In December of 2019, two new rules were proposed by the federal government to increase the number of organ transplants in the United States. As of July 2019, 113,000 Americans sat on the national transplant waiting list. The first proposed rule would change the way Organ Procurement Organizations (“OPO”) report data on the number of organs procured. The second proposed rule creates new legislation to assist living donors after their transplant procedures. Both rules were proposed by the Health and Human Services Department (“HHS”) as a follow up to President Trump’s Executive Order on Advancing American Kidney Health.
In the United States, a mortgage is considered “conforming” if it meets the guidelines of Freddie Mac (the Federal Home Loan Mortgage Corporation) and Fannie Mae (the Federal National Mortgage Association). Both Freddie Mac and Fannie Mae buy mortgages, pools them, and then sells them back to the open market for investors. In 2008, the federal government put both organizations into a conservatorship due to the financial meltdown and subsequent economic recession. As such, the government now has stringent guidelines that homebuyers must meet if they want to qualify for a Freddie Mac or Fannie Mae mortgage.
At the end of January, the Federal Reserve Board, the Comptroller of the Currency, the Federal Deposit Insurance Corporation, the U.S. Securities and Exchange Commission, and the U.S. Commodity Futures Trading Commission (the “Agencies”) approved a notice of proposed rulemaking (“Proposed Rule”) to amend the “covered fund” provisions of section 13 of the Bank Holding Company Act, also known as the “Volcker Rule” (the “Rule”). The Volcker Rule is a regulation that generally prohibits banks from certain investment activities with their own accounts and limits their dealings with private equity and hedge funds, also known as “covered funds.”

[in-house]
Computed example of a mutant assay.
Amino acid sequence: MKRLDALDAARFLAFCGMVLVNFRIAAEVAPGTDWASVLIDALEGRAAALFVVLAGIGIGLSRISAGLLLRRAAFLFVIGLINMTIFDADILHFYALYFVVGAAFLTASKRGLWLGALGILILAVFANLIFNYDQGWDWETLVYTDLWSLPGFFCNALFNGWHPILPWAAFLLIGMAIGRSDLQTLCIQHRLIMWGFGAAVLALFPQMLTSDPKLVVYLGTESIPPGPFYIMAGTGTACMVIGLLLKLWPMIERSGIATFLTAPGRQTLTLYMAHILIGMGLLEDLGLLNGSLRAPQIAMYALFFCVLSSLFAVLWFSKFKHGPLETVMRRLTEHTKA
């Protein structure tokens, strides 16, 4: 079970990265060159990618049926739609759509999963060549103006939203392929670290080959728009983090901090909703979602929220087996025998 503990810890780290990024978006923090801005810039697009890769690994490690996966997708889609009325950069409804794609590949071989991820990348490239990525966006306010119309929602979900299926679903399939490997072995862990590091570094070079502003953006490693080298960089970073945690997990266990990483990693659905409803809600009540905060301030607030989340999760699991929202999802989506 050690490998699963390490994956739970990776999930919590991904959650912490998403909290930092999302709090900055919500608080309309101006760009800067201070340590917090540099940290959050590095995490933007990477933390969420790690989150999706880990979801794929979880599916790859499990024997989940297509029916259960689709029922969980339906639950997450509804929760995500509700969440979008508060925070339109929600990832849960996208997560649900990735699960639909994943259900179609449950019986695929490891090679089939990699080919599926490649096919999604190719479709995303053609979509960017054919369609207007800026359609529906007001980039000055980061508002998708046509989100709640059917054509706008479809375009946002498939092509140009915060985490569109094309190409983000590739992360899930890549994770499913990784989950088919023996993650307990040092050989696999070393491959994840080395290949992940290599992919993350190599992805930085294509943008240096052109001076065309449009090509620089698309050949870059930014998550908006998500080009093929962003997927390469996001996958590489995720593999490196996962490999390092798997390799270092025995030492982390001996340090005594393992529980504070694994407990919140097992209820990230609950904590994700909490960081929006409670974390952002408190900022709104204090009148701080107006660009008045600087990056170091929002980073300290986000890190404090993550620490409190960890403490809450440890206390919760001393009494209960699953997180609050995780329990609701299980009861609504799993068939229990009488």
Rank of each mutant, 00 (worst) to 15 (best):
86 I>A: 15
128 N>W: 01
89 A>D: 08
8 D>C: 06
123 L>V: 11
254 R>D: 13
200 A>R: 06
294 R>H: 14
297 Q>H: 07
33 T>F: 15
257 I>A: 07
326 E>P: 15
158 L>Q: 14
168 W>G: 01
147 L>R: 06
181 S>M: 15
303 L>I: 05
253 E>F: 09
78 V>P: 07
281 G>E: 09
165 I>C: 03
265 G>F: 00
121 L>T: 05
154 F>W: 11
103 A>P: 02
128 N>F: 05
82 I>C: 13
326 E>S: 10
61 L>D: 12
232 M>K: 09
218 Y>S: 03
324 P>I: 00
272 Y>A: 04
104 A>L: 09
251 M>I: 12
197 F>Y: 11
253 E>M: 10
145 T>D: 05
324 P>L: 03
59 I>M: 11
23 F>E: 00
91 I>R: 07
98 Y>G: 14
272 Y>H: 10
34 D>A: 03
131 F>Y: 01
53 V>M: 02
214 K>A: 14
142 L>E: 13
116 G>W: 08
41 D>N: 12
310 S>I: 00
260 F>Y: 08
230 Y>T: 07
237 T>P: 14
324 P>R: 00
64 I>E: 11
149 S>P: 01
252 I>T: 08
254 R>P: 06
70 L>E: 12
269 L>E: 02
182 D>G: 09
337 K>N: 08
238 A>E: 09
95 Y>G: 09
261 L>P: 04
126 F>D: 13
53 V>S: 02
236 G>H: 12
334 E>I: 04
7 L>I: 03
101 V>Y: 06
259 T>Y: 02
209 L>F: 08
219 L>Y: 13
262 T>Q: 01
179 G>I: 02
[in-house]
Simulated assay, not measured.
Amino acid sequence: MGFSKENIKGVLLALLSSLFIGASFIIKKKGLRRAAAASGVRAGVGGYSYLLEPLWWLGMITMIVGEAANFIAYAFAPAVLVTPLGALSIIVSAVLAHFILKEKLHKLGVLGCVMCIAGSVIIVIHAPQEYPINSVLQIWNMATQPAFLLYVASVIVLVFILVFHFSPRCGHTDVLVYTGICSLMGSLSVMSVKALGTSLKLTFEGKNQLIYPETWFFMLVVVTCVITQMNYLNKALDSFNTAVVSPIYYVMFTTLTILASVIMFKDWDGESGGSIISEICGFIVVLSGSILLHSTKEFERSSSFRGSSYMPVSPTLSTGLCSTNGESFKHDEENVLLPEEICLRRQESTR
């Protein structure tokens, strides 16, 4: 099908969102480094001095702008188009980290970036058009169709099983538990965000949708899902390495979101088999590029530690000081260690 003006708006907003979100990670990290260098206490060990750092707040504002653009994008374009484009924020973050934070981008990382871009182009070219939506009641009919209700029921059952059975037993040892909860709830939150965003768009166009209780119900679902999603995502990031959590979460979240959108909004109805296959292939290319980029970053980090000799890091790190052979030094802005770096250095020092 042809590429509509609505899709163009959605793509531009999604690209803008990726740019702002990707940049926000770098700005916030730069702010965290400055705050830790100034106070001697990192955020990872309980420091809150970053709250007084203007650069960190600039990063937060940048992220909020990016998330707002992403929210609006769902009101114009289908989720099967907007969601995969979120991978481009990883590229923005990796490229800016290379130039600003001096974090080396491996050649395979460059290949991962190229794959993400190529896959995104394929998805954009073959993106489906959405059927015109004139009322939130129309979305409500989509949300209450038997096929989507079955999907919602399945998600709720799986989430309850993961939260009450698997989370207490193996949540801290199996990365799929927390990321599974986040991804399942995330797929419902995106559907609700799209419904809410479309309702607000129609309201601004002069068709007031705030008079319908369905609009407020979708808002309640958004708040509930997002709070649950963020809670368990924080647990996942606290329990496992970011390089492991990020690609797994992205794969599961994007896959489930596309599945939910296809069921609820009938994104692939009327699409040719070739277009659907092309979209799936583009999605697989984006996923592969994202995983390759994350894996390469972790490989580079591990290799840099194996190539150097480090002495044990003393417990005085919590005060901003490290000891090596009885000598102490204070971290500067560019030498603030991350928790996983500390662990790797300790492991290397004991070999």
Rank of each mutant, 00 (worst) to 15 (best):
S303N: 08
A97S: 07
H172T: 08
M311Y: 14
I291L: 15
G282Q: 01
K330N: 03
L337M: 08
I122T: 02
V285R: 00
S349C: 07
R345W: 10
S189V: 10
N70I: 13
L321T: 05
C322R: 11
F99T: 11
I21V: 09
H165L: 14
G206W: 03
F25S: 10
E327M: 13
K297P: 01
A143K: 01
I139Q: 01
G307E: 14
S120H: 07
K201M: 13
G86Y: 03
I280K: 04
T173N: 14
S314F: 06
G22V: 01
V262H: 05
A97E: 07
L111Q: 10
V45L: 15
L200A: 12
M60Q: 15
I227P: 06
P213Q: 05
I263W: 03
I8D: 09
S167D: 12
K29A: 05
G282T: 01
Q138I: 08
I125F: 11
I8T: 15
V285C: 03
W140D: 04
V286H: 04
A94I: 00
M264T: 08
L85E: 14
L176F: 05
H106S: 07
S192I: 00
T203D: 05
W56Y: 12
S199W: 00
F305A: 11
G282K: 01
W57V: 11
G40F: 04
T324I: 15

On June 25, 2019 Illinois Governor JB Pritzker signed the Illinois Cannabis Regulation and Tax Act, “The Cannabis Act” which legalized recreational cannabis beginning January 1, 2020 for adults aged 21 years and older. Illinois residents are permitted to possess 30 grams of cannabis flower, 5 grams of cannabis concentrate, and 500 milligrams of THC contained in a cannabis-infused product. The possession limits are to be considered cumulative. The legalization of adult-use marijuana for recreational purposes in Illinois does not modify the state’s medical cannabis pilot program.
This October, the Securities and Exchange Commission filed an emergency action and obtained a temporary restraining order in the United States District Court for the Southern District of New York against two offshore entities, Telegram Group Inc. and its wholly-owned subsidiary, TON Issuer Inc. The SEC’s complaint asserted that the two offshore entities were conducting an unregistered offering of securities in the form of digital tokens in the United States and overseas, raising $1.7 billion to finance the businesses, including the development of its own blockchain the “Telegram Open Network” or “TON Blockchain.”